San German: A Spooky Colonial City


Posted by Cassie

This week we went to San German to do an “estudio” at the beautiful and modern Hospital de la Concepción. Everything went quickly and well so we had time to explore the downtown area a little more after.

Hospital de la concepcion
Clean, professional, efficient and inexpensive medical care!

As we wandered the streets on a Tuesday afternoon we wondered where everyone was! It felt like a ghost town! Downtown San German has a very old, very colonial feel to it especially with its cobblestone and brick roads and ancient buildings.

San German
Quiet streets and mountains in the distance

San German city
Old town San German

San German plaza
Where is everyone??

The one that caught my eye the most as we mosied around I found out was Porta Coeli an old church-turned-museum that was built in 1606. Unfortunately the museum wasn’t open on that Tuesday, but we took photos from the outside.

Old Church San German
Porta Coeli from the old town plaza -very mission style

Cassie off the wall

Cassie church Cassie brick wall Britton church
The stories these walls could tell!

We walked around a bit and took pictures of other buildings and the currently used church which is beautiful as well, but definitely didn’t have the kind of eerie cool feeling that Porta Coeli had in its draw to me.

San German church
Modern Church

Cobblestone streets
Modern church and historic cobblestone roads

Old bldg flowers
A beautiful city!

It was an interesting little walk around the town even if it did have a spooky feel to it. If you’ve ever visited New Orleans, you know what I mean. There is a deep and dark history that puts a sort of shadowy filter over everything it touches. There were virtually no shops open except one. And I smelled it before I saw it. Incense! We walked into the bright little shop and talked with the friendly young clerk. There was a lot of incienso, crystals and religious articles like candles with saints on them. In the glass cases, however, there were other pendants with symbols of things I didn’t recognize though I have seen them on chains worn by many people here. I asked the clerk a lot of questions about what they symbolized and most of them were to bring luck or protection. There was la mano de azabache which is supposed to help ward off the Evil Eye, various warrior Indian heads which were to bring protection, blessed dice and figurines of people who I thought were saints but I learned were Orishas like Chango Macho and Yemaya.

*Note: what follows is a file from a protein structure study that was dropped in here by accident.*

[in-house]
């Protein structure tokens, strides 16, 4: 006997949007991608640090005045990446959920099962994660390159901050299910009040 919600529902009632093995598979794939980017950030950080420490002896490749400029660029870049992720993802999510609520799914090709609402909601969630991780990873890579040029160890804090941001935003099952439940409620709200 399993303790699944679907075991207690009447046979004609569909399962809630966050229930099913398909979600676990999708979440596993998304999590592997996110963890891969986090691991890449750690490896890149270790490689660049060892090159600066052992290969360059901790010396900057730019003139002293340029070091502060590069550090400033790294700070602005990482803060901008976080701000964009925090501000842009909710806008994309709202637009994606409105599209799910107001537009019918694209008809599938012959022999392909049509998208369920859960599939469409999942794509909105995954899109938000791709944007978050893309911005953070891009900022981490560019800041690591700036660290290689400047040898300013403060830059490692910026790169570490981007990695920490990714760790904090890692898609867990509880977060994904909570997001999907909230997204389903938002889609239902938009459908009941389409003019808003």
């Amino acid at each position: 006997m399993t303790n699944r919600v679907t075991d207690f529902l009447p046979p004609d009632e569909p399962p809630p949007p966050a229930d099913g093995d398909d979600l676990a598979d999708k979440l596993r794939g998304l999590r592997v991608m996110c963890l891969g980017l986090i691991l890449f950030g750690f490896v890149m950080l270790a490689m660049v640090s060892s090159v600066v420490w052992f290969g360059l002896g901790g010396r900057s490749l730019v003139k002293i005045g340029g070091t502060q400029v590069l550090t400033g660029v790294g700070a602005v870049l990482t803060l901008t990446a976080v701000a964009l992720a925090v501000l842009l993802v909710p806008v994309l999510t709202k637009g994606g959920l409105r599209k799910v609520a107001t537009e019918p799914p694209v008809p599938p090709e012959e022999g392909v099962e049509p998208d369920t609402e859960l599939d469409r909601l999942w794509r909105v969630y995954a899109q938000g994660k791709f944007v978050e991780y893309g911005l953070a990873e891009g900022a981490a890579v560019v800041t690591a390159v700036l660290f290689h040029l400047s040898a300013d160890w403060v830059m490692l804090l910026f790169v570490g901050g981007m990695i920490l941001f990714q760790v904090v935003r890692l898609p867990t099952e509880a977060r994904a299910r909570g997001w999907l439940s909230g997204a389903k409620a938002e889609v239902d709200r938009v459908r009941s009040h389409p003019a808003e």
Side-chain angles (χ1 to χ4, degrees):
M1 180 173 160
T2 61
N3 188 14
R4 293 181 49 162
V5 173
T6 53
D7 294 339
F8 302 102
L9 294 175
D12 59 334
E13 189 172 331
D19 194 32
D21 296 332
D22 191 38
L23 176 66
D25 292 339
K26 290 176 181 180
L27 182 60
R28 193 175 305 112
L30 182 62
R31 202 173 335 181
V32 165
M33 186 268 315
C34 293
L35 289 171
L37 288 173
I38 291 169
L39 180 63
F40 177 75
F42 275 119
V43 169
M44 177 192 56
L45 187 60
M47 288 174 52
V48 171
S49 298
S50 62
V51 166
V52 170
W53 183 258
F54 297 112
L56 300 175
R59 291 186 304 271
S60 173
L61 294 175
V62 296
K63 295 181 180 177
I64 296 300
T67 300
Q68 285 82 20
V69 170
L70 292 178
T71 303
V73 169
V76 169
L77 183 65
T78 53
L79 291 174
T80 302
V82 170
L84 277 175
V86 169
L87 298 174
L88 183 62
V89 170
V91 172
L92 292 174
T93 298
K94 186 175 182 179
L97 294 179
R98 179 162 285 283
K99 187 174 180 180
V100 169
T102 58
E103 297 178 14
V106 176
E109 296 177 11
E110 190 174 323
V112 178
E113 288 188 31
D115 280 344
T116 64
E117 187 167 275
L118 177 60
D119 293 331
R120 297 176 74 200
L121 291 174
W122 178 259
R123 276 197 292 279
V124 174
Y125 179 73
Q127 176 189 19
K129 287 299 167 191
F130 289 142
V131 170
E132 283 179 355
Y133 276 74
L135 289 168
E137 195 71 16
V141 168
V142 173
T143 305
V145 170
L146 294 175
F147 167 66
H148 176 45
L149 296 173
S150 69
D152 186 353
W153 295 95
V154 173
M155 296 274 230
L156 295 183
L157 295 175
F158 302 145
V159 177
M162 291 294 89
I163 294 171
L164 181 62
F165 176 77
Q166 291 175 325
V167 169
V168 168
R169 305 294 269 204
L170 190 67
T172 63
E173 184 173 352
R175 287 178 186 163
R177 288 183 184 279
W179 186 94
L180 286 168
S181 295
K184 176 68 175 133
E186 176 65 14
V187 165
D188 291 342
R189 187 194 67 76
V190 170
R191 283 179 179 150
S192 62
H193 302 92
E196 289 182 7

Dos caras
Pendant I saw with 2 caras (faces) to watch your back from bad influences

I asked what type of shop this was called and he said it is a “Botánica” and it was actually rather busy considering there was virtually no one anywhere else in town. From time to time as I looked and asked questions about various articles he would duck behind the counter and fill paper bags with some unknown things and bring them to cars waiting in the street. Other people came in and bought the saint velones (candles) and asked for things in hushed voices. I definitely felt like they knew something more than I did about all of these mystical things! I am realizing there are layers and then there are layers to this Puerto Rican world that are still somewhat mysterious as I try to unravel them in our travels around the island.

Cassie and door edit

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2 thoughts on “San German: A Spooky Colonial City

  1. Annie

    Sometimes when visiting ruins, I’ve felt the same spooky vibe. In Ávila Spain, the heart of the Inquisition, one monastery felt down right creepy, and then we found out a main torture room had been in the basement along with a notorious prison. Some old churches in Mexico and Guatemala had this also. Lots of slavery, torture and mayhem from the Spanish conquistadores in the 1500′s as they took over the mostly peaceful Tainos in P.R. and other less peaceful populations elsewhere through advanced military practice and church acquiescence. Santa Barbara mission is surrounded by Indian burial grounds, but the main patio is downright creepy. No wonder folks are buying curandera charms to ward off angry ghosts. The Chinese believe that angry ghosts (from for example, a murder or torture) can stay with furniture as well as locations.

    Interesting how empty that town is; must be a good mystery story somewhere in there!

    Reply
    1. Lynn

      :) Most everything there is closed Monday, Tuesday, and Wednesday. For the action, be sure to visit Thursday through Sunday.

      Reply

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